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Found 2 results

  1. Original text by Olga Milovanova The word "puff" derives from the French verb "bouffer" – to puff up. Puffs are rows of pleats arranged in a certain way. The fabric for them is gathered manually. The puffs were especially popular in the 70s and 80s: so-called "waffles", a type of handmade puffs, were used then for dresses and blouses. Nowadays we witness the second wave of popularity. Modern designers use this type of decoration in their collections. Puffs are becoming a fashionable detail of the clothes. Thanks to the innovations, it became possible to make puffs and create embroidery designs with crashing on the embroidery machines. Brother Innov-is XV embroidery machine has an unusual library of designs with 3–5 mm stitches, which are repeated 3–5 times. These are crashing designs that imitate puffs. (Crashing effect is also called crinkle effect). Madeira Smoking thread is used for that. After washing and ironing the threads on the wrong side gather and create wrinkles on the fabric. These are what we can call «designs with crashing effect». Let's play around! Wind the Smocking thread on a spool, hoop the fabric, pick a crashing design from the library and start embroidering it. You won't need a stabilizer here. After unhooping, the embroidery looks just like usual. Iron it. Set your iron at the maximum temperature for your fabric type and gently slide across its wrong side. No pressing down! The thread will gather about 30%. The lighter is the fabric, the more pronounced will be the crashing effect. I used a ready shirt as a test sample. I aligned my future embroidery with the waistline. Framed the shirt, without a stabilizer, and embroidered it. Set an iron at "Cotton" and "heated" the embroidery through, from the wrong side. This resulted in a "crashing" effect. I decided that I wanted more volume and made changes to the sewing pattern. I cut the pattern for the back bodice along the princess line and the waistline. On the lower side of the back bodice, starting from the folding line, 5–10 cm were left for allowance. No allowance in the upper part; I cut it from the folding line. Gathered the fabric with the basting stitch along the waistline, and pinned the lower and upper sides face-to-face. Stitched the upper and the lower parts of the back bodice. Time to embroider! Frame the fabric so that the seam line runs parallel to the edge of the frame. Position the design in such a way that the design will cover the seam joining the two details. Stitch several times to make it more expressive. Unhoop the whole thing, iron it with a hot iron from the wrong side. The smocking thread will shrink 30%, gathering the fabric, and the allowance will add the volume. Now sew up the item. This is the ready item embroidered on the back. The experimenting continues )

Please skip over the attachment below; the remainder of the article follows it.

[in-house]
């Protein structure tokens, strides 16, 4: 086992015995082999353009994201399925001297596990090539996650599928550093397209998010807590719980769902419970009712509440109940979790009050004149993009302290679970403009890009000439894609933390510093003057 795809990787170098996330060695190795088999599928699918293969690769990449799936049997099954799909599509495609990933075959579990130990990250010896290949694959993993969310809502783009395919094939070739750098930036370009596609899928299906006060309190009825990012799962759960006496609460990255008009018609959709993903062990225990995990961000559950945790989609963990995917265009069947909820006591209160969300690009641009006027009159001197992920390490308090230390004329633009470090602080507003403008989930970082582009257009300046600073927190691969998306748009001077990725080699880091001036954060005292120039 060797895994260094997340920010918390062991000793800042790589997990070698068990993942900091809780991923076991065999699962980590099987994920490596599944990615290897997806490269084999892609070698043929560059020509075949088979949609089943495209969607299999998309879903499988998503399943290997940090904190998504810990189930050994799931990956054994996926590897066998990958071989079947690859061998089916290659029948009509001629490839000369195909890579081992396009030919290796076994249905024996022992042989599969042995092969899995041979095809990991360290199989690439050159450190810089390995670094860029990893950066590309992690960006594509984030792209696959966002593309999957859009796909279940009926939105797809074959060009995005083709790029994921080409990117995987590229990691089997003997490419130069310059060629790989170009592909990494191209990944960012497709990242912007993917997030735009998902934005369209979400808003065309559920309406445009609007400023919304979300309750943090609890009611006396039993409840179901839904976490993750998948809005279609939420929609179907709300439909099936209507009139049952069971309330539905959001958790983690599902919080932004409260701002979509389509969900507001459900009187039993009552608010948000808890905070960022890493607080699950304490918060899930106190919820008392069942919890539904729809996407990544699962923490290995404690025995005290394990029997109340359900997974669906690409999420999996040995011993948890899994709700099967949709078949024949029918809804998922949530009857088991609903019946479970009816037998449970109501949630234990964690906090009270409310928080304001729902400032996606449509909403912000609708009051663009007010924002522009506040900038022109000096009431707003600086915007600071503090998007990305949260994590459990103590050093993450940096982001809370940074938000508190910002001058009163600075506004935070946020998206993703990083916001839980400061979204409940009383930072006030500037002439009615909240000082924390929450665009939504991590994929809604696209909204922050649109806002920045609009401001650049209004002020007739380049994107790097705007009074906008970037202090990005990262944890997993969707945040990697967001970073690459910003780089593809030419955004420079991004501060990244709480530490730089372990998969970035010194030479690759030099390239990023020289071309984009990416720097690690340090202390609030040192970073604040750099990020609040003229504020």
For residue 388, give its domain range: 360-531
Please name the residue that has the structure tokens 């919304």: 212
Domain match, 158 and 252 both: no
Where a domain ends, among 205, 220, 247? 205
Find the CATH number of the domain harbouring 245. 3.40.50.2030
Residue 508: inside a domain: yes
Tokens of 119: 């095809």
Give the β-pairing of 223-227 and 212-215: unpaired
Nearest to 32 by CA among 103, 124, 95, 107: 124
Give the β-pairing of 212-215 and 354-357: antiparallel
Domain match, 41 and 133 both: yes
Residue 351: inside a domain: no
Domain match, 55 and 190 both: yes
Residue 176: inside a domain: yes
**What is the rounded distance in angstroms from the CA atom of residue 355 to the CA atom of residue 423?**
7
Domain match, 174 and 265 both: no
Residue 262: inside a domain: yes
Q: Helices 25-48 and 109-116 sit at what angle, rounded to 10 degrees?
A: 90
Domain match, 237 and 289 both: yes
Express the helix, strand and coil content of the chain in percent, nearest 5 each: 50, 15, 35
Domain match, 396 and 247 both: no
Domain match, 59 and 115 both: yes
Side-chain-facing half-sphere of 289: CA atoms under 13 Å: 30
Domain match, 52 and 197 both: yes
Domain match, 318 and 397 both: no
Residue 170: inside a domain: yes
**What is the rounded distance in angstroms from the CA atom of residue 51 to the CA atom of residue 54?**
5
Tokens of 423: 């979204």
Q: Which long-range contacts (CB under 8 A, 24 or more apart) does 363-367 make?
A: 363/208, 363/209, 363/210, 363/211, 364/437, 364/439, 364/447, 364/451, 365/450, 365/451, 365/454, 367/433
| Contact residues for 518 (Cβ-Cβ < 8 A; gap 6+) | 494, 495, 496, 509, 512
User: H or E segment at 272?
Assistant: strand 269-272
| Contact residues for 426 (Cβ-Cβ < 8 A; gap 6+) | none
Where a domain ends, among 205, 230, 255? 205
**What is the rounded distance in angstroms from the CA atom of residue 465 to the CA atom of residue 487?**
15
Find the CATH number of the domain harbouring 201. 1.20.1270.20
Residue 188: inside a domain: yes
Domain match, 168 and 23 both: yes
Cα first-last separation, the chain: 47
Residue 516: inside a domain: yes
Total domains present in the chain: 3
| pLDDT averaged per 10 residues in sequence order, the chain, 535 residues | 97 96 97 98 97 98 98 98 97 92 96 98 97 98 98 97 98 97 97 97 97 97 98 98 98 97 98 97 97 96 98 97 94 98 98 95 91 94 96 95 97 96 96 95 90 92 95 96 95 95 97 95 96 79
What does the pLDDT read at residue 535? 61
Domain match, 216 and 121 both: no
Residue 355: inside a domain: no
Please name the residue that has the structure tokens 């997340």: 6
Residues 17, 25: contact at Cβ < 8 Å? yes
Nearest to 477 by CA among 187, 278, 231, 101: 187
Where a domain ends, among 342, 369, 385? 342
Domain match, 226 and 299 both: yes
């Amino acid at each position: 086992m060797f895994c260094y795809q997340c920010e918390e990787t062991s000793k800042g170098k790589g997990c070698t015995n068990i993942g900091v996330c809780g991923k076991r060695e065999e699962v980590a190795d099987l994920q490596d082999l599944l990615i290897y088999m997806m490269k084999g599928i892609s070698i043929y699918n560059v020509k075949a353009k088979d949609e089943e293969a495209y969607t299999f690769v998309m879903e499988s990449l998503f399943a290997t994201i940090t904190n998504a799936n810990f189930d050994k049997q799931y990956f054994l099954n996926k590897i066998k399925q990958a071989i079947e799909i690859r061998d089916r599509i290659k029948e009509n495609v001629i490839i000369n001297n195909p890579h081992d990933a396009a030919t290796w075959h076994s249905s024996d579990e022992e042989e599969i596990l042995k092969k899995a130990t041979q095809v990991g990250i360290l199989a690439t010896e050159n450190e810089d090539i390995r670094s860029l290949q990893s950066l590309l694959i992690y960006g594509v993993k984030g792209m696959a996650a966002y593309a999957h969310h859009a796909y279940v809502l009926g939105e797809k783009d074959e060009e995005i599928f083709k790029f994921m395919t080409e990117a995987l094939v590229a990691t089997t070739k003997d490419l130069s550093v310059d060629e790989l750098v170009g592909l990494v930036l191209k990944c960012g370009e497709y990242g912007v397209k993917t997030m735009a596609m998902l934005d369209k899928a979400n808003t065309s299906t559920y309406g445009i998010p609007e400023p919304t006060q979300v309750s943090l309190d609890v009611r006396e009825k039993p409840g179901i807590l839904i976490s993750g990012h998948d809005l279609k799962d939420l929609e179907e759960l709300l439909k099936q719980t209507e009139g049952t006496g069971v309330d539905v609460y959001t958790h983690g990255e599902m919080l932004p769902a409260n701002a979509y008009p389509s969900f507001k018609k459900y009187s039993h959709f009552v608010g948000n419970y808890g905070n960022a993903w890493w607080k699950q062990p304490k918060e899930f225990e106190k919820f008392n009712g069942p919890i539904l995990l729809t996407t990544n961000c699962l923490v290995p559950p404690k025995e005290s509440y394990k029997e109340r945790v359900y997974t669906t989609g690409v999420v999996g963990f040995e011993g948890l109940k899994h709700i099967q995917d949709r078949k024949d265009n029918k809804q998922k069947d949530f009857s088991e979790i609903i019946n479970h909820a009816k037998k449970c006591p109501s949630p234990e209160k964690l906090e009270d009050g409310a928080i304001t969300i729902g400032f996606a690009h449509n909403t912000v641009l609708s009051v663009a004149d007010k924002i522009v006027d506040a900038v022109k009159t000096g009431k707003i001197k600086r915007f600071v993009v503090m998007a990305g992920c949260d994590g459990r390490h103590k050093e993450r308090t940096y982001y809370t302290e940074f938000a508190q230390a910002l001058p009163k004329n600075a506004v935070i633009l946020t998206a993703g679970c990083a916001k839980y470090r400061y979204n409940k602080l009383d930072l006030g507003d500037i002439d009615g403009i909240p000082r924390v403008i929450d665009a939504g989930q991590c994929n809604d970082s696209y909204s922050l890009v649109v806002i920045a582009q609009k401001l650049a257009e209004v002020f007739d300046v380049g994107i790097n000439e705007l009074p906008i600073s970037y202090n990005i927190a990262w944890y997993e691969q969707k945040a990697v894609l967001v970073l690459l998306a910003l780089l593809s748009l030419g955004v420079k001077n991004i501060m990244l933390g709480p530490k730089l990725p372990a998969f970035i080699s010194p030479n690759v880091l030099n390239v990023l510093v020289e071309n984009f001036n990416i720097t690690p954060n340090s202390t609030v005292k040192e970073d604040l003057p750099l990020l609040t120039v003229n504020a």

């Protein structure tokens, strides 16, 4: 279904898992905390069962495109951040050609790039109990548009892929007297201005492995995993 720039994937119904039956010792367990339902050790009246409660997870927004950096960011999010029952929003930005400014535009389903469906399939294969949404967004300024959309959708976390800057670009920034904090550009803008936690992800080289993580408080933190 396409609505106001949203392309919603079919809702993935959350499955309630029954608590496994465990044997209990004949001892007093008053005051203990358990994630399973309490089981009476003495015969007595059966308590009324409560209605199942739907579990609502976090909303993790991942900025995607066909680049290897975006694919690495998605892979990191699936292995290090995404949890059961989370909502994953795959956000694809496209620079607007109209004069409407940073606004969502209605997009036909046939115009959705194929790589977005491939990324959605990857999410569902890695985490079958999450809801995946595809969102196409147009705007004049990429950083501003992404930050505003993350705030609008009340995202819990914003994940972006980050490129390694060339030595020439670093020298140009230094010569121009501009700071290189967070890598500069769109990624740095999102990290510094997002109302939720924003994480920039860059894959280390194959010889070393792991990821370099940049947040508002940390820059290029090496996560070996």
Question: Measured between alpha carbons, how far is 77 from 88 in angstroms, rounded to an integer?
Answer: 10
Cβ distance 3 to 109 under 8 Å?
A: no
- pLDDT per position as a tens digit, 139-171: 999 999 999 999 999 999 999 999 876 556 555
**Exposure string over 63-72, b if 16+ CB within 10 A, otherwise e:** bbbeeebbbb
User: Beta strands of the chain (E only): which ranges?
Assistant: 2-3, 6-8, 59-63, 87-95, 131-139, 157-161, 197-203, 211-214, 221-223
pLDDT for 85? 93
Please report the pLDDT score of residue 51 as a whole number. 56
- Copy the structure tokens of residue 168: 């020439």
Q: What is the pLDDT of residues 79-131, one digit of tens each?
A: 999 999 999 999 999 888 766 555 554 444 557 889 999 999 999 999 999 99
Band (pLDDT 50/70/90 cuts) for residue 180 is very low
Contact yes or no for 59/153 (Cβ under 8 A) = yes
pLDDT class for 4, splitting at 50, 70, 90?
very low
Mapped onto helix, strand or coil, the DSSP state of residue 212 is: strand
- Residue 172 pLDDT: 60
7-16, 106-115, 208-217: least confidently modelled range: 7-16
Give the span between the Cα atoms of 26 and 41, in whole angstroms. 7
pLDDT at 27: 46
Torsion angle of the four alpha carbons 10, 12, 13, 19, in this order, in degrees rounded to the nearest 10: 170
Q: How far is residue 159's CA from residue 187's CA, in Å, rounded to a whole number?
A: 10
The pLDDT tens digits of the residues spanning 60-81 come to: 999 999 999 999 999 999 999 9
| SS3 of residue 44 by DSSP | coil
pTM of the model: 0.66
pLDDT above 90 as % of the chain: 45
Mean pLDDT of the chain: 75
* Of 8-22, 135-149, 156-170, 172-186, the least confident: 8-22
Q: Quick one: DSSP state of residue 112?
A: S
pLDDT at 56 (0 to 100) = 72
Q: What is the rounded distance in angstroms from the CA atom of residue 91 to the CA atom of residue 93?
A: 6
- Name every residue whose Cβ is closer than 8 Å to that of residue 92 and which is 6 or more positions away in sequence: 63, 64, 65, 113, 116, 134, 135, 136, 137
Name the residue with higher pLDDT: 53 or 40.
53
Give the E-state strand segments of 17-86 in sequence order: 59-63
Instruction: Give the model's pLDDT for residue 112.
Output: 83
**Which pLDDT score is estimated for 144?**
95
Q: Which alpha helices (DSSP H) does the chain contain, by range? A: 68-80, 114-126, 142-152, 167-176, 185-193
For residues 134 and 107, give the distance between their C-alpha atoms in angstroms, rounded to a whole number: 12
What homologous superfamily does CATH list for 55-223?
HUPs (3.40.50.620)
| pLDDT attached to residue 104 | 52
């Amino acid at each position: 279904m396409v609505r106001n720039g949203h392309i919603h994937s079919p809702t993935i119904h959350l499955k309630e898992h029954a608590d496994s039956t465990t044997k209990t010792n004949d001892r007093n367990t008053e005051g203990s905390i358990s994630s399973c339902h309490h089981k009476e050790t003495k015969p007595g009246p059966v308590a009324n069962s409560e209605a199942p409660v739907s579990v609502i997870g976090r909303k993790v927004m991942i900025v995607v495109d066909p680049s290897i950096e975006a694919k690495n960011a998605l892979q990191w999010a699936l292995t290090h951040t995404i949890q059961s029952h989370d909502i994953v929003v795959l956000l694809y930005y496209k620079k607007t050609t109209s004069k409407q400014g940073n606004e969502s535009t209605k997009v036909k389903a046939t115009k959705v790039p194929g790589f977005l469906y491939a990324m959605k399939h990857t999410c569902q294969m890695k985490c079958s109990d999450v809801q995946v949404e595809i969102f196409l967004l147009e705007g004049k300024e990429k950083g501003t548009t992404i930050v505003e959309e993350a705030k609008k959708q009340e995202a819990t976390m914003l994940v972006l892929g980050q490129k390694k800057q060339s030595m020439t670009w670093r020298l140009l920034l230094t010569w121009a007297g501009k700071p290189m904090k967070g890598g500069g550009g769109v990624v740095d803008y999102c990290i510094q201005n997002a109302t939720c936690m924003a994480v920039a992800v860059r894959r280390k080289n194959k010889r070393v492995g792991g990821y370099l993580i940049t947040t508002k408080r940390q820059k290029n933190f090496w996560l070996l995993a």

2. Can anyone give me a step by step on how to make hoop templates.I have a 575 x 410 hoop and it is not listed in the standard hoop template i have .Thx
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